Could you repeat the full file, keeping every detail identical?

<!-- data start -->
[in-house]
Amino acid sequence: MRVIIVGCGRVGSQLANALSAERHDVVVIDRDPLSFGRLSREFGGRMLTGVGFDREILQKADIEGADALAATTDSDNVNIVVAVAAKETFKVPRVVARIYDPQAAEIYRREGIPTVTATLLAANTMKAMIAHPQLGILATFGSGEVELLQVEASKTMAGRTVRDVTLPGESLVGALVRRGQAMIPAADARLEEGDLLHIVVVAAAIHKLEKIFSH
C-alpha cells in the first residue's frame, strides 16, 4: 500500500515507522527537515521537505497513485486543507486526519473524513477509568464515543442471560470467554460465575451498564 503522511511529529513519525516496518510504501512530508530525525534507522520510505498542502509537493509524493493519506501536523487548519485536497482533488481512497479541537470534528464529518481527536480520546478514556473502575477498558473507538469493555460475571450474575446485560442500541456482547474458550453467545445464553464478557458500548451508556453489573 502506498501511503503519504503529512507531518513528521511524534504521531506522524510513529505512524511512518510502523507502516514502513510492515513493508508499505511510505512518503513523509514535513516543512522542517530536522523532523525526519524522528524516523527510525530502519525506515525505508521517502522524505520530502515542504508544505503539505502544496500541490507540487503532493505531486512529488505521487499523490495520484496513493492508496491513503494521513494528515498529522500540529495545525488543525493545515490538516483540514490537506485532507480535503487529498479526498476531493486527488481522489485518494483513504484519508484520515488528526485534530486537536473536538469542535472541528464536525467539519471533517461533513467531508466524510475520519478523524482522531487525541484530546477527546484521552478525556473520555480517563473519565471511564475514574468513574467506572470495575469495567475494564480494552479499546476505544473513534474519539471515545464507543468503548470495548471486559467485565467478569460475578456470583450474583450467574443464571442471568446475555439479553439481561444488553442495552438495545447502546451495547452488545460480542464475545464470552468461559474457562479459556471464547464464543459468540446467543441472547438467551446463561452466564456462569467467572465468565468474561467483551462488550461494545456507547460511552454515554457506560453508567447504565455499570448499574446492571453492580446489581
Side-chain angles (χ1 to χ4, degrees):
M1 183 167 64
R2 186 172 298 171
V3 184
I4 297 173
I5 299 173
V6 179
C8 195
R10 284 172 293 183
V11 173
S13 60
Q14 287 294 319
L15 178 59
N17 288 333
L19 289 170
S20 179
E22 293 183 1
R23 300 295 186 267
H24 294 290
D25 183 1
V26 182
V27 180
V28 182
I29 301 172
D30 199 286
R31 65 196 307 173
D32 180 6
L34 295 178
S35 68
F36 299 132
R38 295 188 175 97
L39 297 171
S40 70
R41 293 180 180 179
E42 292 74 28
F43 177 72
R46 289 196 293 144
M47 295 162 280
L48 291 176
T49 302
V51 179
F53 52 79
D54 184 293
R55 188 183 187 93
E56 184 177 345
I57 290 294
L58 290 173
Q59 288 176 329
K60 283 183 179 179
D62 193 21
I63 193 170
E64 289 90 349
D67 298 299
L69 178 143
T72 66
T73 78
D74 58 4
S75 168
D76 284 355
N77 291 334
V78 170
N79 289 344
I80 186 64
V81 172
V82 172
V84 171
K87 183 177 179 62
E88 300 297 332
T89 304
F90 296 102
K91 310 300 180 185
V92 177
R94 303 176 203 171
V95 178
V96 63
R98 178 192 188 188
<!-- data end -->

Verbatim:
[in-house]
Amino acid sequence: MRVIIVGCGRVGSQLANALSAERHDVVVIDRDPLSFGRLSREFGGRMLTGVGFDREILQKADIEGADALAATTDSDNVNIVVAVAAKETFKVPRVVARIYDPQAAEIYRREGIPTVTATLLAANTMKAMIAHPQLGILATFGSGEVELLQVEASKTMAGRTVRDVTLPGESLVGALVRRGQAMIPAADARLEEGDLLHIVVVAAAIHKLEKIFSH
C-alpha cells in the first residue's frame, strides 16, 4: 500500500515507522527537515521537505497513485486543507486526519473524513477509568464515543442471560470467554460465575451498564 503522511511529529513519525516496518510504501512530508530525525534507522520510505498542502509537493509524493493519506501536523487548519485536497482533488481512497479541537470534528464529518481527536480520546478514556473502575477498558473507538469493555460475571450474575446485560442500541456482547474458550453467545445464553464478557458500548451508556453489573 502506498501511503503519504503529512507531518513528521511524534504521531506522524510513529505512524511512518510502523507502516514502513510492515513493508508499505511510505512518503513523509514535513516543512522542517530536522523532523525526519524522528524516523527510525530502519525506515525505508521517502522524505520530502515542504508544505503539505502544496500541490507540487503532493505531486512529488505521487499523490495520484496513493492508496491513503494521513494528515498529522500540529495545525488543525493545515490538516483540514490537506485532507480535503487529498479526498476531493486527488481522489485518494483513504484519508484520515488528526485534530486537536473536538469542535472541528464536525467539519471533517461533513467531508466524510475520519478523524482522531487525541484530546477527546484521552478525556473520555480517563473519565471511564475514574468513574467506572470495575469495567475494564480494552479499546476505544473513534474519539471515545464507543468503548470495548471486559467485565467478569460475578456470583450474583450467574443464571442471568446475555439479553439481561444488553442495552438495545447502546451495547452488545460480542464475545464470552468461559474457562479459556471464547464464543459468540446467543441472547438467551446463561452466564456462569467467572465468565468474561467483551462488550461494545456507547460511552454515554457506560453508567447504565455499570448499574446492571453492580446489581
Side-chain angles (χ1 to χ4, degrees):
M1 183 167 64
R2 186 172 298 171
V3 184
I4 297 173
I5 299 173
V6 179
C8 195
R10 284 172 293 183
V11 173
S13 60
Q14 287 294 319
L15 178 59
N17 288 333
L19 289 170
S20 179
E22 293 183 1
R23 300 295 186 267
H24 294 290
D25 183 1
V26 182
V27 180
V28 182
I29 301 172
D30 199 286
R31 65 196 307 173
D32 180 6
L34 295 178
S35 68
F36 299 132
R38 295 188 175 97
L39 297 171
S40 70
R41 293 180 180 179
E42 292 74 28
F43 177 72
R46 289 196 293 144
M47 295 162 280
L48 291 176
T49 302
V51 179
F53 52 79
D54 184 293
R55 188 183 187 93
E56 184 177 345
I57 290 294
L58 290 173
Q59 288 176 329
K60 283 183 179 179
D62 193 21
I63 193 170
E64 289 90 349
D67 298 299
L69 178 143
T72 66
T73 78
D74 58 4
S75 168
D76 284 355
N77 291 334
V78 170
N79 289 344
I80 186 64
V81 172
V82 172
V84 171
K87 183 177 179 62
E88 300 297 332
T89 304
F90 296 102
K91 310 300 180 185
V92 177
R94 303 176 203 171
V95 178
V96 63
R98 178 192 188 188